The adorable Leucochloridium paradoxum - everyone's favourite mind-bending parasite. Parasites that manipulate the behaviour of their host always get one of those "Wow, freaky nature huh?"-reaction from the general public. Then they move on, taking note of that story to save for a cocktail party or something. However, for those of us in the know, the less palatable truth is that parasites that take control of their hosts appears to be the norm rather than the exception.
Leucochloridium paradoxum is a digenean trematode which uses a land snail as both their first intermediate host (where they undergo clonal multiplication) and second intermediate host (the means to reach the definitive host - where it can get up to hanky panky with other worms of its own species). Our intrepid parasite first castrates the unfortunate snails, leaving intact only the organs necessary to keep it alive, then takes control of its behaviour to try and convince a bird that it is in fact a pair of tasty caterpillars.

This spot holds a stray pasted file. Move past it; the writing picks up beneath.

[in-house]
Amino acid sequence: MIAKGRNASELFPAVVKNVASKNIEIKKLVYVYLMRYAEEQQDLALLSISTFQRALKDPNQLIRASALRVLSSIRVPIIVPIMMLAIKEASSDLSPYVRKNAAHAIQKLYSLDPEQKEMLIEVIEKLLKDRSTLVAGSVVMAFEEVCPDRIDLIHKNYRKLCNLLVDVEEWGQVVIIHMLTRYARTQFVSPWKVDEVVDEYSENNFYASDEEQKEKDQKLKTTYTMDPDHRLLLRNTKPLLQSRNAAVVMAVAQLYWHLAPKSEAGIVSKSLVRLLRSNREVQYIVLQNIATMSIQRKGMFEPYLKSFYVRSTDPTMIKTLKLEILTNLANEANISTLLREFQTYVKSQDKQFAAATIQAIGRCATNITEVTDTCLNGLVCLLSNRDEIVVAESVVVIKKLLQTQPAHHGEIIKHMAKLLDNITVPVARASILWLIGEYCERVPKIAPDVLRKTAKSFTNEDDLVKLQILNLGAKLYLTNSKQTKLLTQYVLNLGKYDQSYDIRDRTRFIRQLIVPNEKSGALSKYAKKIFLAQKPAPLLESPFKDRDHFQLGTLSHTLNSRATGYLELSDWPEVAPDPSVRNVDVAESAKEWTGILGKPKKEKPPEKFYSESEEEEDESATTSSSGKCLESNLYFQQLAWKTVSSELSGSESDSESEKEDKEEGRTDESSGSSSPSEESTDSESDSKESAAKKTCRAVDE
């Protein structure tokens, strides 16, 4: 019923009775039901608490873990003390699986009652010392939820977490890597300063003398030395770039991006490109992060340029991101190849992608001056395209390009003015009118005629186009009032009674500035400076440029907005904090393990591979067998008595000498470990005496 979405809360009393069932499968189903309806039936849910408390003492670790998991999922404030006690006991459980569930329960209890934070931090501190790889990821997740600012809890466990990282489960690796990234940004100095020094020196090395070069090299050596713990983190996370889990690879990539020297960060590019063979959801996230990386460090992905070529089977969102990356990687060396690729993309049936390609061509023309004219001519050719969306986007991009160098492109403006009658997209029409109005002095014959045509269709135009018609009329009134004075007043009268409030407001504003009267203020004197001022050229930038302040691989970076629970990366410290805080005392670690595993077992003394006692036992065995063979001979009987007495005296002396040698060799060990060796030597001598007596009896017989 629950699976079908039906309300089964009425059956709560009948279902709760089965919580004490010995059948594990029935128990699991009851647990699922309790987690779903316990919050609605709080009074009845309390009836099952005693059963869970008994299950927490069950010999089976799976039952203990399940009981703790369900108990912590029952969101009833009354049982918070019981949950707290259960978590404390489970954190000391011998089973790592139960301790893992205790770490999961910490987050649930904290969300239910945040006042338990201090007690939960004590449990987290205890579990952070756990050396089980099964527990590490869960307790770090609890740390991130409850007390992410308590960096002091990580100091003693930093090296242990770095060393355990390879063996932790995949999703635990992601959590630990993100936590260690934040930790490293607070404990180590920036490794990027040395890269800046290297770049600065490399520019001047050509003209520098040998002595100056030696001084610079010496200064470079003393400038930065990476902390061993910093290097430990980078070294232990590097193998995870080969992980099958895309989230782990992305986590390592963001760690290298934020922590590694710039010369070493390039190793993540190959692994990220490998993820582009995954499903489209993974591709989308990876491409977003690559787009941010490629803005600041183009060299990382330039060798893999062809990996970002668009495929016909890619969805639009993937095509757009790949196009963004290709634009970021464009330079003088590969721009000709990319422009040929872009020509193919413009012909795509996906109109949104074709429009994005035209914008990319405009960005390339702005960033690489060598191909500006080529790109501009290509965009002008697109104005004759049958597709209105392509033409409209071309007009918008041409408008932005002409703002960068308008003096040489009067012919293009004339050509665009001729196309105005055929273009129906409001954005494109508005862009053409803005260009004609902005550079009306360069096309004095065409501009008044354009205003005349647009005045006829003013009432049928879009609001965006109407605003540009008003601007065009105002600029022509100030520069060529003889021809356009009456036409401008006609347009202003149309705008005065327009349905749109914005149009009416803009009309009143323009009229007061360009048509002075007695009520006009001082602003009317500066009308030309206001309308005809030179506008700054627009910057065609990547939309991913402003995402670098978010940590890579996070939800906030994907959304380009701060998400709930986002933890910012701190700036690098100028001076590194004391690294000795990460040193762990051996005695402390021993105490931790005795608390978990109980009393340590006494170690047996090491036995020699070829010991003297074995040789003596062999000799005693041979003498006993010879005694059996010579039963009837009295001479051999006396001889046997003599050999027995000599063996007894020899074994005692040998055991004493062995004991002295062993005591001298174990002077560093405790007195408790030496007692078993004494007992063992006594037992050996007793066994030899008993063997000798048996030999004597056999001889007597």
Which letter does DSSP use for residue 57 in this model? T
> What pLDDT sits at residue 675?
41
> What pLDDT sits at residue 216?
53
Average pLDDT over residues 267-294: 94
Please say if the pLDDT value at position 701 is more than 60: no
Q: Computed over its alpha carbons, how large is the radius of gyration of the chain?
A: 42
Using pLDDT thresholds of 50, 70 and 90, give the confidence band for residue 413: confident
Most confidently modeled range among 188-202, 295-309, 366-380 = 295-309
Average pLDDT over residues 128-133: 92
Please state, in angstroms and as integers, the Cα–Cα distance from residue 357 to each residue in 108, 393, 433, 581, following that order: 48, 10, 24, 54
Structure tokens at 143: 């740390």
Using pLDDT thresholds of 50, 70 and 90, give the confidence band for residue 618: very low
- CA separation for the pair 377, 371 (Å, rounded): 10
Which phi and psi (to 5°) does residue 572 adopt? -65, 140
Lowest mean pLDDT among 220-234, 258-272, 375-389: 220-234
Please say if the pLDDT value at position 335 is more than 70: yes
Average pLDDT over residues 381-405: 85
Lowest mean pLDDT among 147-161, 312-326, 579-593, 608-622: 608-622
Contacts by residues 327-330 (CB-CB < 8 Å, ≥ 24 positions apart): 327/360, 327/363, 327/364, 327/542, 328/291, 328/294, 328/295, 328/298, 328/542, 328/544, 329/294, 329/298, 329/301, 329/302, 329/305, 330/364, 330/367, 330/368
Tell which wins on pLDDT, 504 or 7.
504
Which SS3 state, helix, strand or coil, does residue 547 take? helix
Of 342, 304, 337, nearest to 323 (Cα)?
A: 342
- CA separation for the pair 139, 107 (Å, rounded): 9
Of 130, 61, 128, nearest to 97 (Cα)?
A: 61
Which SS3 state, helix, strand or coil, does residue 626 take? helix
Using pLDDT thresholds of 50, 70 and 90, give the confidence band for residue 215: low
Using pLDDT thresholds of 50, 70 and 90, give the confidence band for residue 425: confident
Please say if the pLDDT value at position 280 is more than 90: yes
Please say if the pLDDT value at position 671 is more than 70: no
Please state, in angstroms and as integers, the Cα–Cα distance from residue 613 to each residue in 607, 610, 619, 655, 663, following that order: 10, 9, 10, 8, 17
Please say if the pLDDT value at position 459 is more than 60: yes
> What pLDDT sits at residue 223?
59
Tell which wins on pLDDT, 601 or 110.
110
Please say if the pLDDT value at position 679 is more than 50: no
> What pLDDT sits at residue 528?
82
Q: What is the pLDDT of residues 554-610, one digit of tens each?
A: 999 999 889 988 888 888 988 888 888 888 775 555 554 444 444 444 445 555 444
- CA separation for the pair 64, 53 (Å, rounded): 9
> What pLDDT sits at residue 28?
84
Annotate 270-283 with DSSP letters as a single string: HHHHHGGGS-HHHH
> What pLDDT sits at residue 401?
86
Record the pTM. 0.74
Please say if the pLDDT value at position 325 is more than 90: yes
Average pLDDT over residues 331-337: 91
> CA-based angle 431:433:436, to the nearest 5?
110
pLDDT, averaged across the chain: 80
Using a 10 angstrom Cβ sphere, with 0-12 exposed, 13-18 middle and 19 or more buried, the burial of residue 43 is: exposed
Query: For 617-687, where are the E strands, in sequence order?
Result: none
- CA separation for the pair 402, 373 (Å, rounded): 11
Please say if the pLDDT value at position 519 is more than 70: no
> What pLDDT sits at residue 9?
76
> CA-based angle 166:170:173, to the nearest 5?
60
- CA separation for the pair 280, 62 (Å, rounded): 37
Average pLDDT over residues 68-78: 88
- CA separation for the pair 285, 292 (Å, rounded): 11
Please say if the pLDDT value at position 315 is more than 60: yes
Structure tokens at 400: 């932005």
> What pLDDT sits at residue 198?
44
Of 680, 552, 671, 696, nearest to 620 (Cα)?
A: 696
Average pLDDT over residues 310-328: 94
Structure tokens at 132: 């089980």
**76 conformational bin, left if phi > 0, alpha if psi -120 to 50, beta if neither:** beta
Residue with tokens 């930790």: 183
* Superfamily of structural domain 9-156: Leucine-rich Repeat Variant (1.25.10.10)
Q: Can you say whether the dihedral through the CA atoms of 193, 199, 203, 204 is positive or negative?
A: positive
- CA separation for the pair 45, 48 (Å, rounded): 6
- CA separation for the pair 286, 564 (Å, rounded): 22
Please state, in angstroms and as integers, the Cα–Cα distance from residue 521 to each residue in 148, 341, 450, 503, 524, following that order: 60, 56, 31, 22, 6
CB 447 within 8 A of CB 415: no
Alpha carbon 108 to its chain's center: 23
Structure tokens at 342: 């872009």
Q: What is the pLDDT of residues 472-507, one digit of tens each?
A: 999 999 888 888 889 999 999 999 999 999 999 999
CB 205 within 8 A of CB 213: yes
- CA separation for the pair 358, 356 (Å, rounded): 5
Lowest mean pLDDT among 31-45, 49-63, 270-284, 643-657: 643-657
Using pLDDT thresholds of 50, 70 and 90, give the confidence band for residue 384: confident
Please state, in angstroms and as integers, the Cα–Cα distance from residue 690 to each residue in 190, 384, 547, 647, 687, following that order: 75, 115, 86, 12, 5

Here's a fun fact - there are over 15000 described species of digenean trematodes (with many, many more undescribed species) and they all (except for half a dozen or so species) use either a gastropod (e.g: a snail) or a bivalve (e.g: a clam) obligately as first intermediate host in their life-cycles. And all of them, all FIFTEEN THOUSAND of them, zombifies their molluscan first host completely - at least in body, if not in their mind as well.
You think you are looking at a snail? Hah! You're looking at a worm in snail's clothing, a parasite *wearing* a snail.
Body-snatching monsters in fiction holds no horror for me - they exist in reality, and I confront them on a daily basis - after all, it's my day job.